Where to Place Your Bird Feeder

An ideal location to place bird feeders includes locations where they are easily visible from inside and a place relatively safe from predators or collisions with windows. Avoid placing feeders too close to natural cover to prevent tree dwelling animals from having access to the feed and to keep predators from being hidden. Locating feeders closer to windows will help prevent injuries from collisions as they will not be up to full flight speed.

Ground Level

Ground feeding can be accomplished by sprinkling seeds across the lawn or on a platform such as a stone, decking, or platform feeder on the ground. Choose a location away from busy areas near the house and close to vegetation for protection. These areas should be easily visible to attract a variety of birds, including mourning doves, sparrows, towhees, and juncos.

Table Level

Feeding at table level can be created with a tray feeder, hopper, or cylinder feeder that hangs from a bird feeder pole. These should be located away from busy homes, driveways, or playgrounds and at least 5 feet up from the ground, 7 feet away from other horizontal surfaces, and 9 feet away from trees or buildings to deter other wildlife from eating the feed. They should also be placed closer than 3 feet or farther than 10 feet from windows to minimize in-flight collision injuries. Table-level feeders may attract bird species like cardinals, finches, and jays.

Hanging Feeders

Hanging feeders may be either a traditional hopper, cylinder, or platform style. They must be secured so they don’t fall when the bird lands on them or when the winds blow. They can be placed high in a tree, hanging between trees, or on a pole. Prevent squirrels from bothering your hanging feeder with a baffle placed on top of the feeder. Those placed on a bird feeder pole should also follow the table level location and height recommendations. Be sure to separate feeders by 3-4 feet to reduce territorial fights. Bird species that enjoy hanging feeders include titmice, goldfinches, and chickadees.

Tree Trunks

Some bird feeders are cleverly designed to be attached to the trunks of trees. They may be decorative and hold a small platform for the birds to perch and feed on. The ease of access to the feed by squirrels may require more frequent refills to replenish the bird food. Woodpeckers, nuthatches, and wrens specifically love these feeders.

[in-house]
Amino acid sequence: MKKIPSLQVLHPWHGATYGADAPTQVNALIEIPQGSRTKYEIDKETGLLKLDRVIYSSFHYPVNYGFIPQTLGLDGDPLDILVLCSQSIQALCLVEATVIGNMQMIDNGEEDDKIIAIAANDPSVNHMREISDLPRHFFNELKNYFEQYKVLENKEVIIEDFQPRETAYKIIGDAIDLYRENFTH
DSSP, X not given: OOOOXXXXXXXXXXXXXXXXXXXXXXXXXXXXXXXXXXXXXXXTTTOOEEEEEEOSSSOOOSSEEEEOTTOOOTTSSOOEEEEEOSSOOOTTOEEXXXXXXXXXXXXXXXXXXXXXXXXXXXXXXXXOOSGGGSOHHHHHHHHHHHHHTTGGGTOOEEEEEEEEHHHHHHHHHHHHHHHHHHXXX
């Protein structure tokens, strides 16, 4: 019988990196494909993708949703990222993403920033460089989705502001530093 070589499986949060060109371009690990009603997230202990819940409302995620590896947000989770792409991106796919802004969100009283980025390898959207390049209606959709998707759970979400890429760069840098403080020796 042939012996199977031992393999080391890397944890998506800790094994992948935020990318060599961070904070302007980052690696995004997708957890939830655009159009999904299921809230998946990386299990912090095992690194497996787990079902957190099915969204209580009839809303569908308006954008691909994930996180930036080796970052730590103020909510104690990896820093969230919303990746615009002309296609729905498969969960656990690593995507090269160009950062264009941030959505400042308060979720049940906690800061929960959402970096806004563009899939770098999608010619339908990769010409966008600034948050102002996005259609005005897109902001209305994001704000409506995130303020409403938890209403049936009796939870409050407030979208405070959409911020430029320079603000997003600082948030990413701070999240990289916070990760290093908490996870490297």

Dangers of Feeding Wild Birds

One threat with feeding wild birds is the possibility of communicable disease spreading through close contact at bird feeders. Bacteria such as E. coli and Salmonella may cause digestive illness leading to dehydration and death. Highly pathogenic avian influenza is quickly spreading among wild bird populations and other wildlife species putting exposed humans at risk as well.

Feeding wild birds at feeders keeps them coming back to a predictable location which makes them more susceptible to predator attacks from feral or backyard cats and local hawk populations. The presence of food in bird feeders may also attract other wildlife such as squirrels and bears that are looking for easily accessible food. Taking steps to strategize the type of food and the location of bird feeders can minimize these opportunists. A deterrent such as a squirrel baffle may reduce the easy access to these unwanted wild animals.

When bird feeders are placed near buildings, the birds see through the glass and may collide with it. Even reflective or colorful stick-on additions may not be enough to prevent these injuries. Keeping feeders less than 3 feet or more than 10 feet from a window will reduce high speed collisions by keeping their flight speed slower and allowing birds time to maneuver away.

Featured Image: iStock.com/doug4537

Teresa Manucy, DVM


Teresa Manucy, DVM


Dr. Teresa Manucy is a 1997 graduate of the University of Florida College of Veterinary Medicine. She completed an internship in small...

Help us make PetMD better

Was this article helpful?

Get Instant Vet Help Via Chat or Video. Connect with a Vet. Chewy Health